A six-month series of high-resolution synchronous stream discharge and total phosphorus (TP) concentration data is presented from a 5 km(2) agricultural catchment in the Lough Neagh basin, Northern Ireland. The data arc hourly averages of 10-minute measurements using a new bankside, automatic, continuous monitoring technology. Three TPtransfer `event-types' occur in this catchment: (1) chronic, storm independent transfers; (2) acute, storm dependent transfers; (3) acute, storm independent transfers. Event-type 2 transferred over 90% of the total 279 kg TP load in 39% of the total period; it corresponded to diffuse transfers from agricultural soils. Event-types 1 and 3, however, maintained the river in a highly eutrophic state between storm events and were characteristic of point source pollution, despite there being no major industrial or municipal point sources. Managing P transfers at the catchment scale requires a robust monitoring technology to differentiate between dynamic, multiple sources and associated event types and so enable a reliable assessment of the performance of mitigation measures, monitored at catchment outlets. The synchronous and continuous TP and discharge data series generated in this study demonstrate how this is possible.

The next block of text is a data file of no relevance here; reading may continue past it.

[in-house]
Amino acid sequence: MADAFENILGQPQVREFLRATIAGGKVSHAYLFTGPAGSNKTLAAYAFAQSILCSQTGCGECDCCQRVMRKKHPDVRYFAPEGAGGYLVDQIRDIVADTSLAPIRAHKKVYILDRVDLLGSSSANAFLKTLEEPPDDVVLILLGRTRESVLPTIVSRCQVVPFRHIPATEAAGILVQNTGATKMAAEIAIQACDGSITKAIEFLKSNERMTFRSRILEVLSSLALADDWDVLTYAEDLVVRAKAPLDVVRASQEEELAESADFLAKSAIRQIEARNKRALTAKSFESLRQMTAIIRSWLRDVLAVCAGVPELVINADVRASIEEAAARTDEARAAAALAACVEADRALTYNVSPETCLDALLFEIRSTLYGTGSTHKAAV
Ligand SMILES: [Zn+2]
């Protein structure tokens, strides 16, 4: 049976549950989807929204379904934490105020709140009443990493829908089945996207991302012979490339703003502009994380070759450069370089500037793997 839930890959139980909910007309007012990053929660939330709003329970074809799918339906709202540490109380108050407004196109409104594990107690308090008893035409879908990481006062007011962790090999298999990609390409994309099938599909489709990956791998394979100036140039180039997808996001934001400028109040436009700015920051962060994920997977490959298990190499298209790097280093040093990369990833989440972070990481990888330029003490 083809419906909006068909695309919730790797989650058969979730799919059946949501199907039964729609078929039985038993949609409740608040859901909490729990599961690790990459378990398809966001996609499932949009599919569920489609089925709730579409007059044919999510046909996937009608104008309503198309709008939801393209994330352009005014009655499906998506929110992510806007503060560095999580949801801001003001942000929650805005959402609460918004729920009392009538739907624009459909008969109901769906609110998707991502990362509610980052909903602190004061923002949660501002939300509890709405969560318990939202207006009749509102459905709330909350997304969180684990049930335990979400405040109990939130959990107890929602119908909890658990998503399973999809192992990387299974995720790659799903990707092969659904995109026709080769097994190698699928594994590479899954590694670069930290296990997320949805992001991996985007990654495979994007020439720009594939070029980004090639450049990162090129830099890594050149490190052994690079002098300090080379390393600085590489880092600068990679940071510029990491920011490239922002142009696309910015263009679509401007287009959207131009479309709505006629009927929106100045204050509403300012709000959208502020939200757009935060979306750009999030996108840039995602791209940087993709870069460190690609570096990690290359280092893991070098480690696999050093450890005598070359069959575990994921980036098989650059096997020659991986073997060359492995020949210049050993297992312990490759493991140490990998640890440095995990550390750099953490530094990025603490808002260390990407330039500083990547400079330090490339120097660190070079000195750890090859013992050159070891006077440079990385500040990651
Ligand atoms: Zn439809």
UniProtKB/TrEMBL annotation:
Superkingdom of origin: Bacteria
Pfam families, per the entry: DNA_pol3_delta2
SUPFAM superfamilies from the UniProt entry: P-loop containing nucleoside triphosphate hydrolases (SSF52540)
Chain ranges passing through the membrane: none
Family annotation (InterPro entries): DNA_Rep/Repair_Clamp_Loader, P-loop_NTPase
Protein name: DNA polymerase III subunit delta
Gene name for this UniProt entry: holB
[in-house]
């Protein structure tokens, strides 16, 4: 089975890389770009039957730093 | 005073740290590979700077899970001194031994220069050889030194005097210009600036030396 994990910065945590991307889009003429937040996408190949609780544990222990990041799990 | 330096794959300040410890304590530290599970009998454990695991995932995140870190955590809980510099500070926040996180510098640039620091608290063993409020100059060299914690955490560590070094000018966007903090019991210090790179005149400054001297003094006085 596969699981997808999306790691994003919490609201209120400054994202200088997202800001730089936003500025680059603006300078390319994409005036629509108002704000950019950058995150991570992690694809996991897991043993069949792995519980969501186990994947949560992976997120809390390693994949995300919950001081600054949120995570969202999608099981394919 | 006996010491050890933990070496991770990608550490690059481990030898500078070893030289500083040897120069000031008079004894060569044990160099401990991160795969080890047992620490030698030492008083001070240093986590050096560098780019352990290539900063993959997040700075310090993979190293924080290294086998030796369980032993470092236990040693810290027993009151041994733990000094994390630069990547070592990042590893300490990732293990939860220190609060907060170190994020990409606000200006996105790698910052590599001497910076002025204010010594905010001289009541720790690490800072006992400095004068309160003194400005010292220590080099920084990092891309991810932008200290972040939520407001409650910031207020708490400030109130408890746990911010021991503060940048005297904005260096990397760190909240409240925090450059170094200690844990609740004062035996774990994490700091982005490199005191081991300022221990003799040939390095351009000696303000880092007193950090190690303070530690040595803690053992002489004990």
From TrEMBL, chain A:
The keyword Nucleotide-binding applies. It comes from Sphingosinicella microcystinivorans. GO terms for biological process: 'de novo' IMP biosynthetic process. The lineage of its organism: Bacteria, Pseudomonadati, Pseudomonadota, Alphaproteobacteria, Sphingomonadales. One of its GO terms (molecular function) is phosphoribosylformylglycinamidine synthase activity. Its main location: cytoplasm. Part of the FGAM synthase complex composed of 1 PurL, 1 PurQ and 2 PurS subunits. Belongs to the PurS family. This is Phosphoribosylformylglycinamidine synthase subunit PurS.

|Journal||Hydrology and Earth System Sciences|
|Publication status||Published - 2007|
- total phosphorus
- phosphorus transfers
- continuous monitoring
- Lough Neagh catchment
Jordan, P., Arnscheidt, J., McGrogan, H., & McCormick, S. (2007). Characterising phosphorus transfers in rural catchments using a continuous bank-side analyser. Hydrology and Earth System Sciences, 11(1), 372-381.